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Logo of nihpaAbout Author manuscriptsSubmit a manuscriptHHS Public Access; Author Manuscript; Accepted for publication in peer reviewed journal;
 
Transplantation. Author manuscript; available in PMC 2010 November 4.
Published in final edited form as:
PMCID: PMC2972620
NIHMSID: NIHMS243331

Microchimerism: Inaccurate Literature Citations

Recent evidence suggests that the leukocytes (including stem cells) contained in organs migrate after transplantation and produce persistent chimerism, which is essential for sustained survival of the allografts (1, 2). With this information, we proposed as an encompassing principle that success after either clinical bone marrow or organ transplantation “(whether described as) tolerance or graft acceptance means that a characteristic lymphoid and dendritic cell chimerism has been introduced which may be stable either without further treatment, or only when continued immunosuppression is provided” (1). Conversely, failure meant that “an unstable graft and its migrated cells may either be rejected or cause GVHD” (1). The same definitions have been phrased in different ways, such as: “Failure of the chimeric and recipient immunocytes to reach an immunological ’truce’ leads to rejection of the transplanted whole organ on one hand, to GVHD on the other or sometimes to both simultaneously” (2).

No modifications of the foregoing hypothesis have been mandated by further experimental or clinical evidence. However, misinterpretations of its meaning have been published in case reports of delayed acute liver allograft rejection caused by under immunosuppression (35). For example, in one recent study, the authors advised “exercise [of] restraint in accepting the suggestion that immunosuppression can be totally withdrawn in most patients due to chimerism-associated tolerance” (4, citing ref. 2). Other authors stated: “It has been proposed that the presence of lymphocytes of donor origin in the recipient blood and tissues, termed chimerism, may imply tolerance of the allograft and permit the withdrawal of immunosuppression” (5, citing refs. 1 and 2). No such suggestions or proposals can be found in our cited articles (1, 2).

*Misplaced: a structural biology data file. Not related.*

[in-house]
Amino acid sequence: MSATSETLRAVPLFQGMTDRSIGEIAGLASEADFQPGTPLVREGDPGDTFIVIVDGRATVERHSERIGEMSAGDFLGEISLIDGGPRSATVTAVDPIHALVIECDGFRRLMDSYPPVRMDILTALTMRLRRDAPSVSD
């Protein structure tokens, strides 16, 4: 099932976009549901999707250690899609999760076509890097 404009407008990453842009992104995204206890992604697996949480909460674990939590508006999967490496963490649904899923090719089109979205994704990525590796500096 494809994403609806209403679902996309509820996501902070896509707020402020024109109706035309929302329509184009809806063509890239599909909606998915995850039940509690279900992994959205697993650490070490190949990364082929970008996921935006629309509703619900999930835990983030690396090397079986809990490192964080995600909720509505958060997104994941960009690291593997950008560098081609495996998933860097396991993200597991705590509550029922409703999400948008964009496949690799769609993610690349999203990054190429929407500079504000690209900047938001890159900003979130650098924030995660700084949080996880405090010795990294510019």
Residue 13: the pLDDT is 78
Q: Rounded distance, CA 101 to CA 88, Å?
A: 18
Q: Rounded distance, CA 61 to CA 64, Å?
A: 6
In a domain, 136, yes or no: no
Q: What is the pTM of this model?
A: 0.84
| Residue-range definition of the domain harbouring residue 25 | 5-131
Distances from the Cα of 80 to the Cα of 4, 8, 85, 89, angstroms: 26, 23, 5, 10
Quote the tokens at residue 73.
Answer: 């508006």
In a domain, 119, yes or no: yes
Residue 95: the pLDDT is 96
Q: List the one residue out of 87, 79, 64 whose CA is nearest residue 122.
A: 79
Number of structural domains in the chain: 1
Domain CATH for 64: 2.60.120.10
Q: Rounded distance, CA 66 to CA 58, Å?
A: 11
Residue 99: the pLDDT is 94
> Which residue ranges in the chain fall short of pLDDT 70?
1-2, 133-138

The opinions ascribed to us in the foregoing case reports are opposite to those actually expressed in our initial (1, 2) and all subsequent publications on the subject of chimerism (6, 7). Our contention throughout has been that chimerism is a necessary condition for organ allograft acceptance, but that it is not the same as tolerance (1, 2, 6, 7). Chimerism and the derivative state of tolerance (if it is achieved) are almost contemporaneous in numerous rodent models, many of which do not even require immunosuppression when the transplanted organ is the liver (8). In contrast, what we postulated to be the cause (chimerism) and the effect (tolerance) are separated by months or years when liver transplantation is performed in outbred animals and humans, no matter what the means of immunosuppression. In clinical practice, the time of mutual exposure of the two cell populations necessary to establish stability of drug-independent chimerism varies widely, as was demonstrated in the Pittsburgh clinical weaning trials with liver recipients (9).

The duration of this critical period and the amount of immunosuppression required during it to prevent one of the response arms from destroying the other must be determined at present by trial and potential error. Although many liver recipients have stopped immunosuppression, the desired drug-free endpoint may never be achieved in some patients whose chimerism (and organ allografts) can nevertheless be maintained for a lifetime under continuous immunosuppression (1, 2, 6, 7). The obvious folly has been believing that either the presence or the quantity of donor leukocyte chimerism can be used per se to guide decisions about drug weaning.

References

1. Starzl TE, Demetris AJ, Murase N, Ildstad S, Ricordi C, Trucco M. Cell migration, chimerism, and graft acceptance. Lancet. 1992;339:1579. [PMC free article] [PubMed]
2. Starzl TE, Demetris AJ, Trucco M, et al. Cell migration and chimerism after whole organ transplantation: the basis of graft acceptance. Hepatology. 1993;17:1127. [PMC free article] [PubMed]
3. Schlitt HJ, Hundrieser J, Ringe B, Pichlmayr R. Donor-type microchimerism associated with graft rejection eight years after liver transplantation. N Engl J Med. 1994;330:646. [PubMed]
4. Anand AC, Hubscher SG, Gunson BK, McMaster P, Neuberger JM. Timing, significance, and prognosis of late acute liver allograft rejection. Transplantation. 1995;60:1098. [PubMed]
5. Molleston JP, Alevy YG, Sivasai KSR, Mohanakumar T, Howard TK. Evidence that pediatric liver transplant recipients may undergo late rejection episodes in spite of donor-specific microchimerism. Transplantation. 1996;61:656. [PubMed]
6. Starzl TE, Demetris AJ, Murase N, Thomson AW, Trucco M, Ricordi C. Donor cell chimerism permitted by immunosuppressive drugs: a new view of organ transplantation. Immunol Today. 1993;14:326. [PMC free article] [PubMed]
7. Starzl TE, Demetris AJ, Murase N, Trucco M, Thomson AW, Rao AS. The lost chord: microchimerism. Immunol Today. in press. [PMC free article] [PubMed]
8. Qian S, Demetris AJ, Murase N, Rao AS, Fung JJ, Starzl TE. Murine liver allograft transplantation: tolerance and donor cell chimerism. Hepatology. 1994;19:916. [PMC free article] [PubMed]
9. Ramos HC, Reyes J, Abu-Elmagd K, et al. Weaning of immunosuppression in long term liver transplant recipients. Transplantation. 1995;59:212. [PMC free article] [PubMed]